In May of this year the beginning of the negotiations of the Free Trade Agreement with Australia in the city of Canberra was announced. From which the different chapters that comprise the FTA have been developed in the first two rounds of negotiations. What is sought with this commercial agreement is that preferential access of Peruvian export products is allowed to a very attractive market with high purchasing and investment capacity.
Australia is characterized as an economy with more than 24 million inhabitants, a high purchasing power (GDP per capita 2016: US $ 54,420), in addition to showing stable economic growth (GDP growth 2016: 2.8%) with low inflation and considered among the best buyers of goods and services in the world. These conditions profile Australia as a very attractive economy to strengthen trade and investment links in our country.
In 2016, our country’s total exports to Australia were US $ 260 million, led mainly by exports from the mining sector that reached a value of US $ 186 million, followed by exports from the agricultural sector with US $ 32 million and the fishing sector with US $ 24 million. This scale of exports allows Australia to be ranked 23rd in the ranking of the main destinations to which we export.
Regarding the main products exported from the Agriculture Sector to Australia that had the highest shipments in that year, coffee was exported with US $ 6.6 million, followed by fresh asparagus with US $ 4 million, Brazil nuts with US $ 2.4 million, quinoa grain with US $ 2.3 million and canned asparagus with US $ 2.1 million. These products would benefit from the commercial agreement as they represent an opportunity to increase shipments of our products to this potential market whose global demand for fresh fruits and vegetables reached around US $ 696 million in 2016.
Undoubtedly, the Australian demand for agricultural products has been concentrated mainly in coffee (even roasted or decaffeinated), whose consumption is very high in this country, which came to import US $ 452 million from the world and has Brazil and Colombia among its main suppliers, with exports of this product for around US $ 55 and US $ 33 million respectively in 2016. However, there are also other products with great demand from Australia that would represent an opportunity for the entry of our products to this market that has not yet been reached.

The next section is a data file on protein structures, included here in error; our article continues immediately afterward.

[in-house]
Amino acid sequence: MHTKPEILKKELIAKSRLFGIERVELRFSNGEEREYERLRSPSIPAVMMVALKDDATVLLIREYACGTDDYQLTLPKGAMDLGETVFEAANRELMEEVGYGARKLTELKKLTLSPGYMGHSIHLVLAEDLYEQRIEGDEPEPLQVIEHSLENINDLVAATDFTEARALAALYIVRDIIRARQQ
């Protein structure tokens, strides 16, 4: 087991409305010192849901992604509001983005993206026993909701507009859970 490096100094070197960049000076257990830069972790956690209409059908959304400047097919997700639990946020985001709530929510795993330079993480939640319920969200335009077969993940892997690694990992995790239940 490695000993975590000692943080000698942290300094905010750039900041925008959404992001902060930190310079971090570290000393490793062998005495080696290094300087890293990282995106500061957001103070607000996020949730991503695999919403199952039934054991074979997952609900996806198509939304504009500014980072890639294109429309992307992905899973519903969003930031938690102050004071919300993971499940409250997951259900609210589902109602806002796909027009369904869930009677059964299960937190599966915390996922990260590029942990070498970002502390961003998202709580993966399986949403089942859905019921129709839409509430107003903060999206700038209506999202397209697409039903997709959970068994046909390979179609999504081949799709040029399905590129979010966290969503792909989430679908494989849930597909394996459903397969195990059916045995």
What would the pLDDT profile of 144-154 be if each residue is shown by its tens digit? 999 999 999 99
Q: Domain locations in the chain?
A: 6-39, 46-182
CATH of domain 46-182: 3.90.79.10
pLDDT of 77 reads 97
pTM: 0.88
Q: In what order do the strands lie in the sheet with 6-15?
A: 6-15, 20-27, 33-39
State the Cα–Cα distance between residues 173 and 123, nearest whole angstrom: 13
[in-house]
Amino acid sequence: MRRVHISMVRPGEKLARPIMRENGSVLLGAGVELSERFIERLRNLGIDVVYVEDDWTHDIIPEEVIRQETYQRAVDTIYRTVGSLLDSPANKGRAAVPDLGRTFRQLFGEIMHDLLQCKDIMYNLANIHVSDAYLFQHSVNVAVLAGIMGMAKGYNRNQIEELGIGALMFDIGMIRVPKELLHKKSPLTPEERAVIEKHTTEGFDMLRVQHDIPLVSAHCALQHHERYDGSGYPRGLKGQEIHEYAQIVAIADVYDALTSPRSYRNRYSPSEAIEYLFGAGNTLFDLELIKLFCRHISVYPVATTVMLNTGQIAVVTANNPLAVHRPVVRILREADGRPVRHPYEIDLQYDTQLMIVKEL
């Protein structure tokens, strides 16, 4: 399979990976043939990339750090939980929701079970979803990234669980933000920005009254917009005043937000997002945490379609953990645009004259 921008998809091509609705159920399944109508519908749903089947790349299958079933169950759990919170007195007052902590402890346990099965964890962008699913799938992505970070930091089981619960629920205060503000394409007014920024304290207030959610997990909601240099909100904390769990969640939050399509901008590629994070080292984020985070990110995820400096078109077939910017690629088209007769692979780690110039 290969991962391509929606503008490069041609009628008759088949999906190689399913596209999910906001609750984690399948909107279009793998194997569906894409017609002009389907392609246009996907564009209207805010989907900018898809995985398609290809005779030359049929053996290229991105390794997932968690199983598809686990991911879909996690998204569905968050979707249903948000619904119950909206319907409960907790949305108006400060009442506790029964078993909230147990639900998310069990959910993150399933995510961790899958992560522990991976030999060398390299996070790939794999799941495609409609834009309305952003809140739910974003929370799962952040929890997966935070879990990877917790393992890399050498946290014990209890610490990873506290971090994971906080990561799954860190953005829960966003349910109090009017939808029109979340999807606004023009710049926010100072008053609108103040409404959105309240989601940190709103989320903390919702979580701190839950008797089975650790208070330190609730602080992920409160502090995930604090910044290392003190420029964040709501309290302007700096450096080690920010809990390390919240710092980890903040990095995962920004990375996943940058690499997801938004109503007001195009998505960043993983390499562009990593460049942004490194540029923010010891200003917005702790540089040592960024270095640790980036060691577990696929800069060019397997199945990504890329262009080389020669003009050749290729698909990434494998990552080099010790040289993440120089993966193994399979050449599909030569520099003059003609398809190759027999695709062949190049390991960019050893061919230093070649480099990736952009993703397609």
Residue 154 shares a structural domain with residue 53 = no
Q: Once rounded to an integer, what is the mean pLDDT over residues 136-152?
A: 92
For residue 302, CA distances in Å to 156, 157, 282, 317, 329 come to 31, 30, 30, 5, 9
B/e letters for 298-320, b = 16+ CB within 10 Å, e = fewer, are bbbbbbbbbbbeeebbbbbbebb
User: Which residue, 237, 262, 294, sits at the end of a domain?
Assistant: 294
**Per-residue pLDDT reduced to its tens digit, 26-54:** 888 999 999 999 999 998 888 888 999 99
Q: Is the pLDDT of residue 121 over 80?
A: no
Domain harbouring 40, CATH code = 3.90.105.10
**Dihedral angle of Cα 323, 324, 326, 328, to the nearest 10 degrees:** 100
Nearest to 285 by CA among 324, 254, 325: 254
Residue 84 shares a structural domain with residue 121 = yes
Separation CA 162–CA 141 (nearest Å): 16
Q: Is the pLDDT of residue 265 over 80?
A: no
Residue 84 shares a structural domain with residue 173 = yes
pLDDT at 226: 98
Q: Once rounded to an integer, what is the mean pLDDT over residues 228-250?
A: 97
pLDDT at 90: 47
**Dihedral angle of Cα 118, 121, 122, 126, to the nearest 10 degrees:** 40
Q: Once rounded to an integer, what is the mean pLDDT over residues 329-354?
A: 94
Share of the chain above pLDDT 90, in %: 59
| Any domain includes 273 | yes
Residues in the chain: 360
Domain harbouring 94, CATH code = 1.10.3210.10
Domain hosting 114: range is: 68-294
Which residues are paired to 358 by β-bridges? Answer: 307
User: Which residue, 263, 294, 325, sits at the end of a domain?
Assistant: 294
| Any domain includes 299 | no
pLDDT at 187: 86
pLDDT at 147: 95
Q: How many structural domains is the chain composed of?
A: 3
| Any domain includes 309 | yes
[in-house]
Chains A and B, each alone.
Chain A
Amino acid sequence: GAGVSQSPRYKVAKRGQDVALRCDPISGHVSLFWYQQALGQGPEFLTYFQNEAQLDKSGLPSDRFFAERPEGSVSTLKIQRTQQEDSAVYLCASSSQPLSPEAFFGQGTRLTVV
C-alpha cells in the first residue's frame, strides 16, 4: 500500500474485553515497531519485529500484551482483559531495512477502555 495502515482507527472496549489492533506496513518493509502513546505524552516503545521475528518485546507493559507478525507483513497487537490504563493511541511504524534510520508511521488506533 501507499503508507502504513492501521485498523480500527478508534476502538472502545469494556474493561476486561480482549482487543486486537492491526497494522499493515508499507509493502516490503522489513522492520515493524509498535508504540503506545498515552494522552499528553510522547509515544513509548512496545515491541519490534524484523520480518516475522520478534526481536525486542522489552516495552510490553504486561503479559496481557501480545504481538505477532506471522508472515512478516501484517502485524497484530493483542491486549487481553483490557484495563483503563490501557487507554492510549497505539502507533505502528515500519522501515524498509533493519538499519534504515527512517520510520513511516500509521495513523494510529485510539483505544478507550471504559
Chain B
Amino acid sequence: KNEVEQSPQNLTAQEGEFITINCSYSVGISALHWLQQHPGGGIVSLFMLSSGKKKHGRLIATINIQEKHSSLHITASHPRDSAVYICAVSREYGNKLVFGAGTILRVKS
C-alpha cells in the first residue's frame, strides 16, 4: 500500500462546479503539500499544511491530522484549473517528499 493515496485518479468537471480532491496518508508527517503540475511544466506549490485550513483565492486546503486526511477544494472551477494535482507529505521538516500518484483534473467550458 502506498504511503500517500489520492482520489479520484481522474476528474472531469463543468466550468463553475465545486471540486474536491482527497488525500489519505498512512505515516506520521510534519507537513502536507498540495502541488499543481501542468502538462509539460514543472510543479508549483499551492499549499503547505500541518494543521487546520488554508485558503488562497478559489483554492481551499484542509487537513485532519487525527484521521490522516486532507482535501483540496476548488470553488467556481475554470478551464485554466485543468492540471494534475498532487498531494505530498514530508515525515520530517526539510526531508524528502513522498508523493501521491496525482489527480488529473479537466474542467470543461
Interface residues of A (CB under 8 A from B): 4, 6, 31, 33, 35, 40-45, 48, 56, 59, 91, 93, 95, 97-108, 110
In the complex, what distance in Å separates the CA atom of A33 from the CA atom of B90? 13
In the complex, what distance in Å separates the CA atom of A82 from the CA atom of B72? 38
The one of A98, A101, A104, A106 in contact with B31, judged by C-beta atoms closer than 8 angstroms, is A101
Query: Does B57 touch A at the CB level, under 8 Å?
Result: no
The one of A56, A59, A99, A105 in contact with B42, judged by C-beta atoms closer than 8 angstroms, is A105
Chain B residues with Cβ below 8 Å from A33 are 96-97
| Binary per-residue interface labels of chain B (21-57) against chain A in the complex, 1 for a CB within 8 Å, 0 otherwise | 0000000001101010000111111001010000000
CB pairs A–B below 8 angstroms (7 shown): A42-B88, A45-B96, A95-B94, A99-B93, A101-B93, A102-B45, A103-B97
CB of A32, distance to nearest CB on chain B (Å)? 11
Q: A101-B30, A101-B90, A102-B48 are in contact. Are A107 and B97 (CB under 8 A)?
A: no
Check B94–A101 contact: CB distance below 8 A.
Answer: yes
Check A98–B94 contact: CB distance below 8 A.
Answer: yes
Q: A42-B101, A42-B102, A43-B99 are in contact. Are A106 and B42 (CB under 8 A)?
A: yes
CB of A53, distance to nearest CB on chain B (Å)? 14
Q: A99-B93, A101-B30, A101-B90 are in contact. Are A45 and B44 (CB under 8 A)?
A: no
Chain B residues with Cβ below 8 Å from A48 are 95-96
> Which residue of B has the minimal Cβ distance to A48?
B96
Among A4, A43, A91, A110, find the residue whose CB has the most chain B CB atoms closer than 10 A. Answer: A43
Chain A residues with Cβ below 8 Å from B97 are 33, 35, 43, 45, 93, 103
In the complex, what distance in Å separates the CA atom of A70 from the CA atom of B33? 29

These products are: cashew nuts whose global imports by Australia reached US $ 131 million, fresh or dried avocados with US $ 72 million, fresh grapes with US $ 48 million, fresh kiwis with US $ 41 million, dry grapes with US $ 36 million, fresh garlic with US $ 34 million, nuts with US $ 22.3 million and red cranberries with US $ 21.9 million. Of course, the entry of these products into the Australian market will depend on the signature of the phytosanitary protocols by the relevant authority to grant these permits. The market opening to Australia for avocado is currently in process, a procedure that is being handled by SENASA.
In conclusion, this commercial agreement will represent an opportunity for the growth of both our shipments in products that we have been exporting since they would benefit from the release of tariffs upon the entry into force of the FTA (and from the fourth year on the artichoke and piquillo pepper prepared or preserved); as for products with potential income that would need to initiate phytosanitary procedures for their entry into this country. Therefore, there are advantages to signing this trade agreement with Australia so that our country strengthens its ties not only in the trade and investment sectors but also in others that benefit us mutually.
September 26, 2017
By: Karen De La Cruz, Analyst of Economic Studies and Market